To mathematicians, the Hilbert transform is a singular integral operator that gives access to harmonic conjugate functions via a convolution of boundary values. To others, it may mean a signal transformer that produces an audible signal, sent to a radio's speaker or, it might model the trajectories of charged particles in a potential. The concept of martingales on the other hand, is often associated with old betting strategies in so-called fair games.
In part of this lecture we focus on connections between the Hilbert transform and transforms on systems of martingales.
We give an idea of various results that were obtained using this connection between analysis and probability. Applications include characterisations of certain Banach spaces, norm estimates in high dimensions and so called weighted estimates with applications to PDE and multivariate stationary stochastic processes.

Statistical physics is concerned with the understanding of the large scale behaviour of microscopically defined models. Simple representative models that have been studied starting 100 years ago, and continue to be intensively studied today, include the Ising and Heisenberg models, Percolation, Interface models, Random Schroedinger Operators, Random Polymers, Random Walks in Random Environments, and many others.
As a function of a temperature parameter (or similar), these models often undergo phase transition that connect qualitatively very different behaviour. Understanding the nature of these transitions, and often related universal behaviour that is independent of precise microscopic definitions, remain fundamental mathematical questions. After giving a short overview of the status, I will highlight the concept of renormalisation that plays a fundamental role in physics in explaining many of these questions at a heuristic level.
In the second part of the talk, I will give a concrete example of the use of renormalisation in understanding stochastic dynamics of such models, an aspect that is mathematically much less understood than its static counterpart. We show that the idea of the renormalisation group in the spirit of Polchinski connects naturally to the classical theory for Log-Sobolev inequalities of Bakry and Emery. As an application, we prove a Log-Sobolev inequality for the continuum Sine-Gordon model.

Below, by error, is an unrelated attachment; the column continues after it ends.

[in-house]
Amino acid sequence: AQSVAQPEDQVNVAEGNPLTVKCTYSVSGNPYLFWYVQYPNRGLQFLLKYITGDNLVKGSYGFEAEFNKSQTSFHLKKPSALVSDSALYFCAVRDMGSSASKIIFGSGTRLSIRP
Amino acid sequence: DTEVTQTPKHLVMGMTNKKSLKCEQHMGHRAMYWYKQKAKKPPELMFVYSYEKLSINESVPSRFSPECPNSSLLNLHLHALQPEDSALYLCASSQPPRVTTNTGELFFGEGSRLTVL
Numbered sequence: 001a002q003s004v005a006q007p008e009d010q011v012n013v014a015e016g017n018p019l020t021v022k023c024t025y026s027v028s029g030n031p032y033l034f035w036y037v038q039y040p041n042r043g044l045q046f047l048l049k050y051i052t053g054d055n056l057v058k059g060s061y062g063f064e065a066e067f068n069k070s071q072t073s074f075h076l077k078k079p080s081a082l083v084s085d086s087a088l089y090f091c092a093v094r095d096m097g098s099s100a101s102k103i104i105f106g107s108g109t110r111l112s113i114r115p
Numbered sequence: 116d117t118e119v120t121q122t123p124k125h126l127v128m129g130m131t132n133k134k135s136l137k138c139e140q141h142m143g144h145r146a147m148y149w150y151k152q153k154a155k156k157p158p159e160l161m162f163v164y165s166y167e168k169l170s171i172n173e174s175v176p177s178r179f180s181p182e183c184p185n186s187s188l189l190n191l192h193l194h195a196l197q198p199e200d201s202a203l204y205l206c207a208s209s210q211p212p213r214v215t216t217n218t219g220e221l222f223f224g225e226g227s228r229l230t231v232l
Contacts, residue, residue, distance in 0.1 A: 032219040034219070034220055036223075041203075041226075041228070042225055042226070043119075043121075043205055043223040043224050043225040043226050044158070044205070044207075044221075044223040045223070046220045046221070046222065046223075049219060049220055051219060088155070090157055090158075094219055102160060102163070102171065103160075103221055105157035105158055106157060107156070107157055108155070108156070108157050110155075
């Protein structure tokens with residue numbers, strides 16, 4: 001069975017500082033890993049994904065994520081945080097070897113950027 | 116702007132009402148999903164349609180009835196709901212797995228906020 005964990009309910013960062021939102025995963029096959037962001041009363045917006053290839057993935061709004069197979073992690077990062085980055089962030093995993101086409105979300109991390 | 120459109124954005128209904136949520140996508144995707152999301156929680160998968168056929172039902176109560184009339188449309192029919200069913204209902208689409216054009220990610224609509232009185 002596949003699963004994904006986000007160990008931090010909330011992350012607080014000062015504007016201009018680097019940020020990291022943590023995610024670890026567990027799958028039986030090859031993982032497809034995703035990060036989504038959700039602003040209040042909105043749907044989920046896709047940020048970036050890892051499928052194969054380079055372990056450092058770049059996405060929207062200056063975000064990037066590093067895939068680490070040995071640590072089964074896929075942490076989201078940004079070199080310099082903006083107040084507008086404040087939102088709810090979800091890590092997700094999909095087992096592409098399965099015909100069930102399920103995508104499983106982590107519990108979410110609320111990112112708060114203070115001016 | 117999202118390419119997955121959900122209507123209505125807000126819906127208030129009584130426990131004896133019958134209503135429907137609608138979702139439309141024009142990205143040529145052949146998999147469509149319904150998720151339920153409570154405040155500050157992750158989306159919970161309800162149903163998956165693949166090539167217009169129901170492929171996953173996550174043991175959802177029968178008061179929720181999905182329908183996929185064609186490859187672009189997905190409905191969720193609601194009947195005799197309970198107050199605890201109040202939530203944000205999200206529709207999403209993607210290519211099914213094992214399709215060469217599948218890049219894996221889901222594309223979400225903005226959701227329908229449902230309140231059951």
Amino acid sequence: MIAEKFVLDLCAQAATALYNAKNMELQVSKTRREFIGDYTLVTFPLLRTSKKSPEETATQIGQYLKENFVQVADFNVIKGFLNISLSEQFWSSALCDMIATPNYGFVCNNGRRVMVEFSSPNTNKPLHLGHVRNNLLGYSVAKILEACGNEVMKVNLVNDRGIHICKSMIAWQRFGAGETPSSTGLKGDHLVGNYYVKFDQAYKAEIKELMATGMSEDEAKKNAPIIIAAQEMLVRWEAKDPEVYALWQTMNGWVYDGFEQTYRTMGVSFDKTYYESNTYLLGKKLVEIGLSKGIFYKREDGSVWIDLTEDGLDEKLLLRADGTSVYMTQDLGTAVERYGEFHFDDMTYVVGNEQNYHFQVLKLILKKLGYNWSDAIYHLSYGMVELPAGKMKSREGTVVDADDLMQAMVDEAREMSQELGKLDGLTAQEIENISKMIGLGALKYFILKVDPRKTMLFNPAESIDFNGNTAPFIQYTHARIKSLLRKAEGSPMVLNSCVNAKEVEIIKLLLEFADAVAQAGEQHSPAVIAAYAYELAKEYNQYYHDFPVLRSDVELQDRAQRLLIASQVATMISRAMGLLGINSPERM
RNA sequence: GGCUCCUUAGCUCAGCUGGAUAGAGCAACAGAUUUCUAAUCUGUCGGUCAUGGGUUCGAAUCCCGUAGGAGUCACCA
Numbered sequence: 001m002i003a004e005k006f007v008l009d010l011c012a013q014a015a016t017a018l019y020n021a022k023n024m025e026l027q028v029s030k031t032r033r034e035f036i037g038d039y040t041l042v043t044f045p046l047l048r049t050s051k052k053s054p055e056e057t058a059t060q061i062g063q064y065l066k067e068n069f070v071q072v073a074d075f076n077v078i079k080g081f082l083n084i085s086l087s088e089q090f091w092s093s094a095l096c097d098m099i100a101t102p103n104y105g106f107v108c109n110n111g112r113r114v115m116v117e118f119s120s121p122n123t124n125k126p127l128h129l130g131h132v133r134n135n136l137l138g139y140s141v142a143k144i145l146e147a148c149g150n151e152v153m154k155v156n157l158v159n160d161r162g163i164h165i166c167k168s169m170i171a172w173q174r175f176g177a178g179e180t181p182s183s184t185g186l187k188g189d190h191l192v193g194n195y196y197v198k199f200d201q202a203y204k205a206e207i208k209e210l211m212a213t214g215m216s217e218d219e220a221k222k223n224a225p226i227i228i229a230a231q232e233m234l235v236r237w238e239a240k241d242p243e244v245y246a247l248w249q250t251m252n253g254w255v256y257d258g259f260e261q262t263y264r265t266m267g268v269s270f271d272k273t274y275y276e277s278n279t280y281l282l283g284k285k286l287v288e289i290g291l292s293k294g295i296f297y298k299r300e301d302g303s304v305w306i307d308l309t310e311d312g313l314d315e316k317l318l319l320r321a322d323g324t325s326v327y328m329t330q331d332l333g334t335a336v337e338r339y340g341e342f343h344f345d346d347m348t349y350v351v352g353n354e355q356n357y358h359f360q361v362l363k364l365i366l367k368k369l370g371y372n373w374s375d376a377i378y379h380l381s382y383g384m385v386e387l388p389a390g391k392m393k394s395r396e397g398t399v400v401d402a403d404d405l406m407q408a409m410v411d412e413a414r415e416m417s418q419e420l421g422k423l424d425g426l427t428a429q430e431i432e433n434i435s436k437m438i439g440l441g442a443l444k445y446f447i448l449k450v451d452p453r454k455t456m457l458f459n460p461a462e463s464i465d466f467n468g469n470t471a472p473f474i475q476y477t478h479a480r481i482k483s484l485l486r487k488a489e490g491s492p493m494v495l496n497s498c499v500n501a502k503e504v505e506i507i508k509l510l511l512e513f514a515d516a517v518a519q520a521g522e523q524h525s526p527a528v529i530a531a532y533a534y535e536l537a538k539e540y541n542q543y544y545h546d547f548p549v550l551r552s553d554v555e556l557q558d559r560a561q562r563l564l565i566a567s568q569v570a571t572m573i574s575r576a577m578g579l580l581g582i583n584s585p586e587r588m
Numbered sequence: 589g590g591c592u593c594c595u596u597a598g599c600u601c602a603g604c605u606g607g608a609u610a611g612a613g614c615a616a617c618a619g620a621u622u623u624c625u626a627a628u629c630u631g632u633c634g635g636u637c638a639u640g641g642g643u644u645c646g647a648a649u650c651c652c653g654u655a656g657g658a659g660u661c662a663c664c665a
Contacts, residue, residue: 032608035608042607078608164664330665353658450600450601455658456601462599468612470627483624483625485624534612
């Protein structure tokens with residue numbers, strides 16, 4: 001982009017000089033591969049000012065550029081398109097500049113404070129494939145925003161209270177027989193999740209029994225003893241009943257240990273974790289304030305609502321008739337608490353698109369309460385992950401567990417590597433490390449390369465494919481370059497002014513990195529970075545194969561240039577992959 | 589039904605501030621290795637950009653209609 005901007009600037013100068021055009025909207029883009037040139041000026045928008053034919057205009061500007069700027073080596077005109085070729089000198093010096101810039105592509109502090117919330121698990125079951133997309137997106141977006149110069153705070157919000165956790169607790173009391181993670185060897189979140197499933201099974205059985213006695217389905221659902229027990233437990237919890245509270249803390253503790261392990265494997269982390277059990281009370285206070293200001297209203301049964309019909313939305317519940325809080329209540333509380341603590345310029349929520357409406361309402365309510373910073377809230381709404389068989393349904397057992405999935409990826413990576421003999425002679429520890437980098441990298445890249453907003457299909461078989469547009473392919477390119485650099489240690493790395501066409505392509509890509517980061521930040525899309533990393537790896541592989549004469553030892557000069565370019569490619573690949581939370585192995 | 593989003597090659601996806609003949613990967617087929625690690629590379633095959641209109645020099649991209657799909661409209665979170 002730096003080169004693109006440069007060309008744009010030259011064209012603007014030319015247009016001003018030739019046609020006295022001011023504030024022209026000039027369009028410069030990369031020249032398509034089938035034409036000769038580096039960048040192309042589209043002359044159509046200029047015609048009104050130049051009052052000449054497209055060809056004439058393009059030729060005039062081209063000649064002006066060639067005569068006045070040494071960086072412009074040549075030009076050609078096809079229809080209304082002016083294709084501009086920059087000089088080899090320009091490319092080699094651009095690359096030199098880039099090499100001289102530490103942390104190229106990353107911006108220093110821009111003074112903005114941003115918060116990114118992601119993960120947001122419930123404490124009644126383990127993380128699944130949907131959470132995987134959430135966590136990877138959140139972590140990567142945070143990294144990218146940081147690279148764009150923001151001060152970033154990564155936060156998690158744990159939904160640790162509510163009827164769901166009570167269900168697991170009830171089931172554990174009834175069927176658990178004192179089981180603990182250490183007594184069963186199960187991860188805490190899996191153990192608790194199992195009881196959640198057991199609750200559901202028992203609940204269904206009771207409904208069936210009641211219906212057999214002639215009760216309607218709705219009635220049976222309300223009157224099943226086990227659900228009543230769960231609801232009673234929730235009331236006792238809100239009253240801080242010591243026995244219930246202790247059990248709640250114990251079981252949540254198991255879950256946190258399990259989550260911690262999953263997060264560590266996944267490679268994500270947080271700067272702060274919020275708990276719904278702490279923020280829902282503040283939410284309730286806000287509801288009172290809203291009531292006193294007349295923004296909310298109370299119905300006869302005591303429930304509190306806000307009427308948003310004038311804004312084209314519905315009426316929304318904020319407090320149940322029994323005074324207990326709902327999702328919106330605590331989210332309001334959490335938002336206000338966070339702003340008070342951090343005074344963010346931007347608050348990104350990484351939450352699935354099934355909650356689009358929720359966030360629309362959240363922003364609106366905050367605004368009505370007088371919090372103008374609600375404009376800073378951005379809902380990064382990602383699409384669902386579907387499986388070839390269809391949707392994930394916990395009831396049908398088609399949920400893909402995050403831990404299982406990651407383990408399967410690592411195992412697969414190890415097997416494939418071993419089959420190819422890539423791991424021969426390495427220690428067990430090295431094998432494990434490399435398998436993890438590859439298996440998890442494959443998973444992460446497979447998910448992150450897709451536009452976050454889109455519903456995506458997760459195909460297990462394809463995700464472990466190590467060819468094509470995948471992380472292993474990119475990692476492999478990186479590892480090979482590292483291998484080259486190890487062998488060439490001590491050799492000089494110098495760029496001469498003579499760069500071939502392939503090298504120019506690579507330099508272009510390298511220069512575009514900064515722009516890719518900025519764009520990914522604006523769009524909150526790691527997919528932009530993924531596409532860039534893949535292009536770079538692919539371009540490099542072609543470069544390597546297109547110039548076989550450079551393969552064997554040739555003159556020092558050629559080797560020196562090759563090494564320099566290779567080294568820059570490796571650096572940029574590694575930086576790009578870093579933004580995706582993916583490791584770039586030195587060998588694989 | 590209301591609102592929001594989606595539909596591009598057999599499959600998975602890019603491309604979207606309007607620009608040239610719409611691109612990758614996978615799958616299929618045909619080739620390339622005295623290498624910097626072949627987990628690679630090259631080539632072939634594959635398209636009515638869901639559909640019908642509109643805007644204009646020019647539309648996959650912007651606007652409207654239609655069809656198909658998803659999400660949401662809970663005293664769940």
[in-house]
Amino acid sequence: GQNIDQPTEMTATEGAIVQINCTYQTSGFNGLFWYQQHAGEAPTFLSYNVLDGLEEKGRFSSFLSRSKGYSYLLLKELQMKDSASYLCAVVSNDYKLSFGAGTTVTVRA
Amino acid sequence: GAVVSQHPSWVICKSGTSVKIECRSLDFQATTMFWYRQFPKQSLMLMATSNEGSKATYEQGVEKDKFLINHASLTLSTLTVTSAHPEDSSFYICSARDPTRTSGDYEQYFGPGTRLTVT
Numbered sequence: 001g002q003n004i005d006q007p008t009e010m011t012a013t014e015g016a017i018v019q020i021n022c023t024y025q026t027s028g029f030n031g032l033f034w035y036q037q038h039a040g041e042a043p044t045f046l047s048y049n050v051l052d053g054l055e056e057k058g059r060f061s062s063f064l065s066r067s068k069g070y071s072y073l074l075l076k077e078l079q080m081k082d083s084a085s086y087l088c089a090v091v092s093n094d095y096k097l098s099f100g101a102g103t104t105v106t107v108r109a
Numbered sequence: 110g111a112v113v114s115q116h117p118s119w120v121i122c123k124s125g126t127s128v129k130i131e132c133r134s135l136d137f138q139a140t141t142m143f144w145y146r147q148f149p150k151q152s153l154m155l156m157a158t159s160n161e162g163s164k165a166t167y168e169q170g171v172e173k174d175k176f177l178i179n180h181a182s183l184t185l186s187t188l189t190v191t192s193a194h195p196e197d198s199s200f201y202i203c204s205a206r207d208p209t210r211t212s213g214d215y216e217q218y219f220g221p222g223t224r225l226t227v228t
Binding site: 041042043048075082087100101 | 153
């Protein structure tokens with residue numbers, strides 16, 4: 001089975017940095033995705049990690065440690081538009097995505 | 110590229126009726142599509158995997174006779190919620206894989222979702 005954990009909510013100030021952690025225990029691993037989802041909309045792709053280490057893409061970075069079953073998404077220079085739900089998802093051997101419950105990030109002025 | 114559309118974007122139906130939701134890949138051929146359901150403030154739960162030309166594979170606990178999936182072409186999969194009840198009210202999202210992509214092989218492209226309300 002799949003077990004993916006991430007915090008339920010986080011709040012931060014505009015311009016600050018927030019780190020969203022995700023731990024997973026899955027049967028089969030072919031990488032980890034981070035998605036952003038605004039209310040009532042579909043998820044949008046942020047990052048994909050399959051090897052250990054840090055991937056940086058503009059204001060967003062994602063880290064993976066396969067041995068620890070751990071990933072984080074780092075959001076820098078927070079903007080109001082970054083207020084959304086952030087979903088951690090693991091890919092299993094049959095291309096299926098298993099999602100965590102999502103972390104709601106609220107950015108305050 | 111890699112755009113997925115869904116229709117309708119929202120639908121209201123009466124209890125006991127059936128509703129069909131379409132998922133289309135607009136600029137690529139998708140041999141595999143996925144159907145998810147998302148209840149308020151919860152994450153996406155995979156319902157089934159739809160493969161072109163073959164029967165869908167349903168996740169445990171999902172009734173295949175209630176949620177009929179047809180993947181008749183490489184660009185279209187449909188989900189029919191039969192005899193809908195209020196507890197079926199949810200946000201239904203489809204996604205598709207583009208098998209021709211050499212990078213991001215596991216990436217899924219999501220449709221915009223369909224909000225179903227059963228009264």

(The second part is joint work with T. Bodineau.)

Density Functional Theory (DFT) is a method used to approximate solutions to the linear Schrödinger equation which describes the behavior of $N$ quantum electrons in an atom or a molecule. It is employed everywhere in quantum chemistry and physics and it has become the method of choice to simulate matter at the microscopic scale. In this talk I will explain how to formulate DFT as a rigorous mathematical theory and will present some recent results obtained in collaboration with Elliott H. Lieb (Princeton) and Robert Seiringer (IST Austria).

Global manifolds are the backbone of a dynamical system and key to the characterisation of its behaviour. They arise in the classical sense of invariant manifolds associated with saddle-type equilibria or periodic orbits and, more recently, in the form of finite-time invariant manifolds in systems that evolve on multiple time scales. Dynamical systems theory relies heavily on the knowledge of such manifolds, because of the geometric insight that they can offer into how observed behaviour arises. Global invariant manifolds need to be computed and visualised numerically, which is a serious challenge, but an effort that pays off. Our approach is based on the continuation of solutions to a two-point boundary value problem, and has successfully been used for vector fields, as well as invertible and noninvertible maps. We will explain how global invariant manifolds can be computed to study the geometric complexity arising from classical chaotic dynamics. We will also discuss recent research on a new type of chaos that arises robustly in higher-dimensional systems. Specifically, we will present results for a 3D Henon-like map that address the discrepancy between theoretical results and their manifestations in explicit examples.

In 1872 Felix Klein introduced a new approach to view geometry as the study of symmetries. This approach has been very influential both in mathematics as well as in physics. It allows to study different geometric structures in a unified framework, and to investigate the interplay between topological manifolds and their geometric realizations in a new way.
In the past twenty years several new developments at the intersection of geometry and topology led to a revival of these ideas and paradigm shifts in the study of geometric structures.
In this talk I will highlight some of these developments. In the end I will hint at the potential of these ideas for the discovery of structure in data.

Recent progress in genomics makes it possible to perform perturbation experiments at a very large scale. This motivates the development of a causal inference framework that is based on observational and interventional data. We characterize the causal relationships that are identifiable and present the first provably consistent algorithm for learning a causal network from such data. I will then couple gene expression with the 3D genome organization. In particular, we will discuss approaches for integrating different data modalities such as sequencing or imaging via autoencoders. We end by a theoretical analysis of autoencoders linking overparameterization to memorization. In particular, we will show that overparameterized single-layer fully connected autoencoders as well as deep convolutional autoencoders memorize images, i.e., they produce outputs in the span of the training images. Collectively, this talk will highlight the symbiosis between biology and machine learning, showing how biology can lead to new theorems, which in turn can guide biological experiments.